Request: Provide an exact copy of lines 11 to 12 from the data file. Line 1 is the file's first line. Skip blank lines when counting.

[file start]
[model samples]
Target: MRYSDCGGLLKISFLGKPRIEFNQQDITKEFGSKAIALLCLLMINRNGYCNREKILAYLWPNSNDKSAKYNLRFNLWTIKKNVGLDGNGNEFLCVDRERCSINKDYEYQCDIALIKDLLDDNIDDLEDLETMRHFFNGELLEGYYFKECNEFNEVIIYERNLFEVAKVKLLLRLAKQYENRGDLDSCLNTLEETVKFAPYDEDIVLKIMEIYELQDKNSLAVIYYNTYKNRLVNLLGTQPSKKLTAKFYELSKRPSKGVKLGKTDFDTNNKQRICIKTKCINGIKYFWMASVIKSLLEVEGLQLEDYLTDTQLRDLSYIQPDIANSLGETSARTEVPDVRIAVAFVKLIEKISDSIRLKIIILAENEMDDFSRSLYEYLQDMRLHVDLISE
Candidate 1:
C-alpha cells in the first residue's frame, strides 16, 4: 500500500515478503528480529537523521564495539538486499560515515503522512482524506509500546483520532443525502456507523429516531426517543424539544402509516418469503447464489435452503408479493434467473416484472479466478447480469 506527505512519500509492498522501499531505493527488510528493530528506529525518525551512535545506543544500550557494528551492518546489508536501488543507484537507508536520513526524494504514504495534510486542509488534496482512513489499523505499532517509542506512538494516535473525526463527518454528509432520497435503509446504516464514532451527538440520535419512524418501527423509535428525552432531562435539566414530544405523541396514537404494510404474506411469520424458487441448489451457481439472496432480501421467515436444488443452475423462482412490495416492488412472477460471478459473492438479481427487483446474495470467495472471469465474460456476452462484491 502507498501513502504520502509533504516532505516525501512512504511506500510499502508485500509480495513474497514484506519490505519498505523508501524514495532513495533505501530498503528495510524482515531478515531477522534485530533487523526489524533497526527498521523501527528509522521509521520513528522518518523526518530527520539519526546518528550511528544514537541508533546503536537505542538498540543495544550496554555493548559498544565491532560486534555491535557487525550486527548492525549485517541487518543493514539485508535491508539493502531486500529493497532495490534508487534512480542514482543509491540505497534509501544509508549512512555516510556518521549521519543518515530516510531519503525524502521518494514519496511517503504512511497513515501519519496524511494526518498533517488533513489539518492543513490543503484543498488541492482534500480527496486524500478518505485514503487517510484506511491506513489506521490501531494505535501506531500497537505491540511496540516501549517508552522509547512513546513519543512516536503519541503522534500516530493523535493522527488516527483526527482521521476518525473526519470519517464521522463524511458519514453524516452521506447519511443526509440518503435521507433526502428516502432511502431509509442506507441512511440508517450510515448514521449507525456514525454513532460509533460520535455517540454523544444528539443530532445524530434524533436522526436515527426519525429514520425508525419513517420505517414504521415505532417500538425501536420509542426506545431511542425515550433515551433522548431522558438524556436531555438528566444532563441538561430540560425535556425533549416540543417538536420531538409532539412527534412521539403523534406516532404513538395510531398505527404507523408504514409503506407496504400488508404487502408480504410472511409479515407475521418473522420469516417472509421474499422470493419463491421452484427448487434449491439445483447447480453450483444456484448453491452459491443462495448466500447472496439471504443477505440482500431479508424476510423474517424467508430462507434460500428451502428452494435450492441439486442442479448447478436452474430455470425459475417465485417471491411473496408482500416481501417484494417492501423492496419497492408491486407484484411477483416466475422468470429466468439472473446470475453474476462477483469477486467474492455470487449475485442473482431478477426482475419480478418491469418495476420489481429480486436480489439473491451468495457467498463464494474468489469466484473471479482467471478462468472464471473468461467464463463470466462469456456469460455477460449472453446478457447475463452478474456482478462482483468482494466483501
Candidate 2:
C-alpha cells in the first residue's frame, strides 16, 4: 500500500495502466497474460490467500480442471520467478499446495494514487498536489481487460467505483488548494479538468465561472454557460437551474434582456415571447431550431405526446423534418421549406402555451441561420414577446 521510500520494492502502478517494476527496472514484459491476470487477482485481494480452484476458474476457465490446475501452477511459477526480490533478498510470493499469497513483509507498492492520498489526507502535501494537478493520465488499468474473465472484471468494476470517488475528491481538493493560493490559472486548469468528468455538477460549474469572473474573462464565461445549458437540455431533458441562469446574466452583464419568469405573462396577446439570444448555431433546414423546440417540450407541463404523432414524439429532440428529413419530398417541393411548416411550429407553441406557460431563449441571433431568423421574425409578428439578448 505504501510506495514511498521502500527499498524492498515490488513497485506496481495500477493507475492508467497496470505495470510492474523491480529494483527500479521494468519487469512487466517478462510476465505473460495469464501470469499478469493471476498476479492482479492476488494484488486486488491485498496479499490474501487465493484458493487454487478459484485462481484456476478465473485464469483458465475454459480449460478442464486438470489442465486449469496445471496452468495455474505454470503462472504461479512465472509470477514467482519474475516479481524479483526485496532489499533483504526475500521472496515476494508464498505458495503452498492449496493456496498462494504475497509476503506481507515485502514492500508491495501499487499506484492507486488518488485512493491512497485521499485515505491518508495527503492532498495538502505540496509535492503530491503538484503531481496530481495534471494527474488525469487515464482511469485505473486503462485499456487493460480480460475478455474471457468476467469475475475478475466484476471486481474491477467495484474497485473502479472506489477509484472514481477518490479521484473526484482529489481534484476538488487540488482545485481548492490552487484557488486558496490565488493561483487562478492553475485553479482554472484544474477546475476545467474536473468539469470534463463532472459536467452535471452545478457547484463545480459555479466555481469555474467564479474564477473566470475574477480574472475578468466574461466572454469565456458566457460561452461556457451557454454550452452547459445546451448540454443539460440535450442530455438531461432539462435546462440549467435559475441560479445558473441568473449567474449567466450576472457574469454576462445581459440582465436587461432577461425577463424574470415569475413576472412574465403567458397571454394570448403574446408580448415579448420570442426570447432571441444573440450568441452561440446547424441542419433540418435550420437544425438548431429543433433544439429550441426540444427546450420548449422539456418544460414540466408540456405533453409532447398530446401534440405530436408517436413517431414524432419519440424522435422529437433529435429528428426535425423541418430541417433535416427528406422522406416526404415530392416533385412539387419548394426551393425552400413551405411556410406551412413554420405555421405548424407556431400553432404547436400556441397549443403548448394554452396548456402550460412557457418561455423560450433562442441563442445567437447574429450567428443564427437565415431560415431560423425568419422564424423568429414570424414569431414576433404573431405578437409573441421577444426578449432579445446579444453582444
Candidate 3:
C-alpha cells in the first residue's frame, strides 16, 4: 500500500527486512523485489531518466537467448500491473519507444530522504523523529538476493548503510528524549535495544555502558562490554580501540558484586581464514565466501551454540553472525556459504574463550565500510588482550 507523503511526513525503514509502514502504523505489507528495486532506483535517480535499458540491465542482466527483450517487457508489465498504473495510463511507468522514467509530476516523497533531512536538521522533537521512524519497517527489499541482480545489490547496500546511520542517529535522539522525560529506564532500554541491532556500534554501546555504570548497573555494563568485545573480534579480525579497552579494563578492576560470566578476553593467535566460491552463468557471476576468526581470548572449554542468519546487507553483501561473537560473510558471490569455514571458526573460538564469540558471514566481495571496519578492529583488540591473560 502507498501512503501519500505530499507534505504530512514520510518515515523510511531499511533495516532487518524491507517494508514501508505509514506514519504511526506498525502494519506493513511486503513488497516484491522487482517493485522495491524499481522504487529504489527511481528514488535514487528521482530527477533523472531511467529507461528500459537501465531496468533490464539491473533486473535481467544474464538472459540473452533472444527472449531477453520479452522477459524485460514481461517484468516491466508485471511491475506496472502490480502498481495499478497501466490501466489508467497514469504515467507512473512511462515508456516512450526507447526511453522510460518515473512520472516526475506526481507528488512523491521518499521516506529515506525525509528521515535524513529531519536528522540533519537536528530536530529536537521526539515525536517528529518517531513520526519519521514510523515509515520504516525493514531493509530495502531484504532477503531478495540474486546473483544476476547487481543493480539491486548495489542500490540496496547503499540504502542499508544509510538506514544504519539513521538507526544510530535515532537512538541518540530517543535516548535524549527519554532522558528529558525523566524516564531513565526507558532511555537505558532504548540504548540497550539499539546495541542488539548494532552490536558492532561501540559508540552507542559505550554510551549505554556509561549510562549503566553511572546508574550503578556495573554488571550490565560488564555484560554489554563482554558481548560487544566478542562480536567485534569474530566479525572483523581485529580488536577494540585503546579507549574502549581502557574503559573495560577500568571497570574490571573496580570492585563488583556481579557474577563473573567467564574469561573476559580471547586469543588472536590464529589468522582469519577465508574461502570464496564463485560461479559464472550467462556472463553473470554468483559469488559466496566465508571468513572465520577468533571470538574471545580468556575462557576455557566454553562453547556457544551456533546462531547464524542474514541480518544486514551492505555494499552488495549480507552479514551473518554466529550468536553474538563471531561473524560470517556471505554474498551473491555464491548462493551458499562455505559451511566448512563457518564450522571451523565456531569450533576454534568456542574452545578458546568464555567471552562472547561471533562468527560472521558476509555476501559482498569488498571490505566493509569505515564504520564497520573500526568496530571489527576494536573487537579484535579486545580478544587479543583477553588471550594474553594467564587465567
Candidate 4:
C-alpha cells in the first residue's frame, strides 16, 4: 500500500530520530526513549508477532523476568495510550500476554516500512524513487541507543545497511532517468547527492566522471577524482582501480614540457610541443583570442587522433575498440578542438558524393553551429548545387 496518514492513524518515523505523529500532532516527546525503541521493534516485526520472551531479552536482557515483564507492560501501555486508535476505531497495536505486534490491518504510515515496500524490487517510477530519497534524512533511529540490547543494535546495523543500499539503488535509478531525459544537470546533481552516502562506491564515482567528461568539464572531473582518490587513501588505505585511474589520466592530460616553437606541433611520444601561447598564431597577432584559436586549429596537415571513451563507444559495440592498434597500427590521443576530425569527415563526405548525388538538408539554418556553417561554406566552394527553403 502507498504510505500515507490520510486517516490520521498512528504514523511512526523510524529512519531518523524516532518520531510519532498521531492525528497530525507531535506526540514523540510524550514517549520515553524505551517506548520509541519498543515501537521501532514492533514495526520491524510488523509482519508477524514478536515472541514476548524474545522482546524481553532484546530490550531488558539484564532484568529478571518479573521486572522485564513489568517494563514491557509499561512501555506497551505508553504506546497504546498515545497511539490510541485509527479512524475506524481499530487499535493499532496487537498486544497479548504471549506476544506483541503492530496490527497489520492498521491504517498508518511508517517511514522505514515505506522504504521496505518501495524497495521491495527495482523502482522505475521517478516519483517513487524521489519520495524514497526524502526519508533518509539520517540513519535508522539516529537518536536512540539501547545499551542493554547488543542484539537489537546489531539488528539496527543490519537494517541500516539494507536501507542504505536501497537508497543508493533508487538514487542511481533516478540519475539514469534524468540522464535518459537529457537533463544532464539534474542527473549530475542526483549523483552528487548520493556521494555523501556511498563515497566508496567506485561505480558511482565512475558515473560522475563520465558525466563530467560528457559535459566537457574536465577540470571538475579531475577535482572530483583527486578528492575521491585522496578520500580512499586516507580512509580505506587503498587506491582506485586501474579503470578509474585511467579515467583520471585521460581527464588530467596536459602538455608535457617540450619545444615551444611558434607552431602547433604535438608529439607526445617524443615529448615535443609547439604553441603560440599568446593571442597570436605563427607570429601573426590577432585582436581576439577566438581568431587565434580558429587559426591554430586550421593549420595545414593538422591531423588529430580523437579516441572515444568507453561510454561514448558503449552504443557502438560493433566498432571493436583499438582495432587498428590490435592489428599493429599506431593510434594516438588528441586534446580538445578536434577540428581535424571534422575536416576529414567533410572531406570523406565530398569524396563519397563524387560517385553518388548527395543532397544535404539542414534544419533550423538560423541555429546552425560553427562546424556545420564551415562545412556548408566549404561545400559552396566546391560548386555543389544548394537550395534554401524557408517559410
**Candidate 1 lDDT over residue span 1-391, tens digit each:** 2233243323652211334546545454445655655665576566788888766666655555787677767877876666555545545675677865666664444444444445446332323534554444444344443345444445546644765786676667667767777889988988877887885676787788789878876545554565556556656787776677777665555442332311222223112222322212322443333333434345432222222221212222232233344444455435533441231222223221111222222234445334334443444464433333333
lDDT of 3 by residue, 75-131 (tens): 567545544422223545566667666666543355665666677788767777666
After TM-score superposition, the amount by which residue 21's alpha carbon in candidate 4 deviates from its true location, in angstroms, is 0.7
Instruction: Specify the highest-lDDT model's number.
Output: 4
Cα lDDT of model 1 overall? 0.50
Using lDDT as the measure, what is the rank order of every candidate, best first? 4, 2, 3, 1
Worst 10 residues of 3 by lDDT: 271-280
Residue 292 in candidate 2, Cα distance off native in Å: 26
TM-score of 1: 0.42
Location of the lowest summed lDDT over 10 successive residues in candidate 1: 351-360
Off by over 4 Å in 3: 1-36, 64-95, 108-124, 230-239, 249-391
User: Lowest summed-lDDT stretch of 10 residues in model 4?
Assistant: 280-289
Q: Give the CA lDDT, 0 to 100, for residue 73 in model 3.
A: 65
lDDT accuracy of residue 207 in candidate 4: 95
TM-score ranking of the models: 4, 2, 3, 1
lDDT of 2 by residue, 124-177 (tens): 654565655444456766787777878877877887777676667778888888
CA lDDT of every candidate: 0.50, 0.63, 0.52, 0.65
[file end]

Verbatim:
**Candidate 1 lDDT over residue span 1-391, tens digit each:** 2233243323652211334546545454445655655665576566788888766666655555787677767877876666555545545675677865666664444444444445446332323534554444444344443345444445546644765786676667667767777889988988877887885676787788789878876545554565556556656787776677777665555442332311222223112222322212322443333333434345432222222221212222232233344444455435533441231222223221111222222234445334334443444464433333333
lDDT of 3 by residue, 75-131 (tens): 567545544422223545566667666666543355665666677788767777666